Amazon and Harpercollins are trying to renegotiate their contract for print and digital books. They have been in talks since late 2014 and apparently HarperCollins is not happy with the new terms. We have it on good authority that in the very near future HC is going not going to have their content listed on Amazon and digital readers will have to look elsewhere.
Where can users purchase bestselling e-books such as American Sniper, Girl In A Band or Yes Please? If you live in the United States or the United Kingdom the Barnes and Noble Nook store will have them available. Kobo also has all of the new e-books as well, but they also have a larger international footprint.
If you are the type of person that would subscribe to an e-book subscription websites such as Entittle, Scribd and Oyster you are in luck. They all have HarperCollins e-books available, but they are primarily older titles.
I am sure we all remember the very public contract dispute between Hachette and Amazon. For over six months every major newspaper in the world reported on it and even TV personalities such as Stephen Colbert got in on the action. The one big problem Hachette faced, was that Amazon accounted for a large portion of their sales and did not have much of a viable alternative.
In October 2013 HarperCollins started selling books, e-books and audiobooks directly on their website. This is the first time a major publisher has developed proper infrastructure to bypass traditional booksellers.
The vast majority of their digital titles are only available to read via the HarperCollins Reader App for Android and iOS. Select titles are actually available in DRM-Free MOBI, which is a format that is compatible with Kindle e-readers.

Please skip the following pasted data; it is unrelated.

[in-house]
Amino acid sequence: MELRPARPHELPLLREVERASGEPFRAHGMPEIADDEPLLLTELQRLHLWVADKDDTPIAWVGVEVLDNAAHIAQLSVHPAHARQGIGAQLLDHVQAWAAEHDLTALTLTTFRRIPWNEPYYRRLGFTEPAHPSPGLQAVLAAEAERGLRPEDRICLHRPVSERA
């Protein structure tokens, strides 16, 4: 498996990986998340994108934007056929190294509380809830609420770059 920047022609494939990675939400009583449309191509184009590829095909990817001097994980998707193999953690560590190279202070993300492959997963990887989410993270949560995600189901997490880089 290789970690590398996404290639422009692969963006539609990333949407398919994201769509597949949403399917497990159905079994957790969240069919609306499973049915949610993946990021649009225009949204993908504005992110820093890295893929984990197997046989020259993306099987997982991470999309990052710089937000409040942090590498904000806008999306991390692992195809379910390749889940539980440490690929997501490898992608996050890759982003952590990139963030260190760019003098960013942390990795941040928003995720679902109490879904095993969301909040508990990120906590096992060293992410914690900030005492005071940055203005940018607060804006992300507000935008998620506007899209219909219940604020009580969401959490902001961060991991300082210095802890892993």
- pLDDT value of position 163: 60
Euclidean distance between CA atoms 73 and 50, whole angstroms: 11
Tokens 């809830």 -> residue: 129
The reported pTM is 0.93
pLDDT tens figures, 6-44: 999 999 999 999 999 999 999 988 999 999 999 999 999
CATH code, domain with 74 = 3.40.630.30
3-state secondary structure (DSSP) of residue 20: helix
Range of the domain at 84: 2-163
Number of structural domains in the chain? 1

You might be wondering to yourself, how is a major publisher offering e-books that do not have Adobe Digital Rights Management? In late 2014 HC signed a relationship with Digimarc in order to have watermark technology embedded into the e-books it sells. Digital watermarking technology caught on a few years ago when the entire Harry Potter eBook collection adopted it, instead of going the traditional DRM route. The primarily benefit is that there is no barriers preventing users from loading their books on as many devices as they want.
So if the rumors are true and HarperCollins will be ceasing selling content on Amazon, until more favorable terms are offered, they will continue to make money. Readers will still have many options to read the publishers e-books and the world will go on.
Saturday, April 4, 2015
The Onyx Boox i86 is only available in China and it should be hitting Europe and North America later this year. This eight inch e-reader features Google Android and users can install apps via Google Play.
The Onyx i86 HD features an eight inch IR touchscreen with a resolution of 1600 x 1200 with 250 PPI. It does not have a front light like most contemporary e-readers which helps keep the cost down. Underneath the hood is a 1 GHZ single core processor, 512 MB of RAM and 4 GB of internal storage. There is compatibility for an Micro SD, so you can easily enhance it further up to 32 GB.
I think the two thing users will appreciate is the fact this reader can listen to audiobooks and music via the 3.5mm headphone jack and could even hook up wireless speakers via Bluetooth. The eight inch screen is also appealing because there is a large segment of users that demand more screen real estate.
|I came across a new YouTube video yesterday that explains how to use the Onyx Boox M96 entirely without a stylus. The M96 is a 9.7-inch E Ink ereader that has an electromagnetic touchscreen that requires the use of a specialized stylus. The device has physical buttons and a nav wheel controller that can be […]|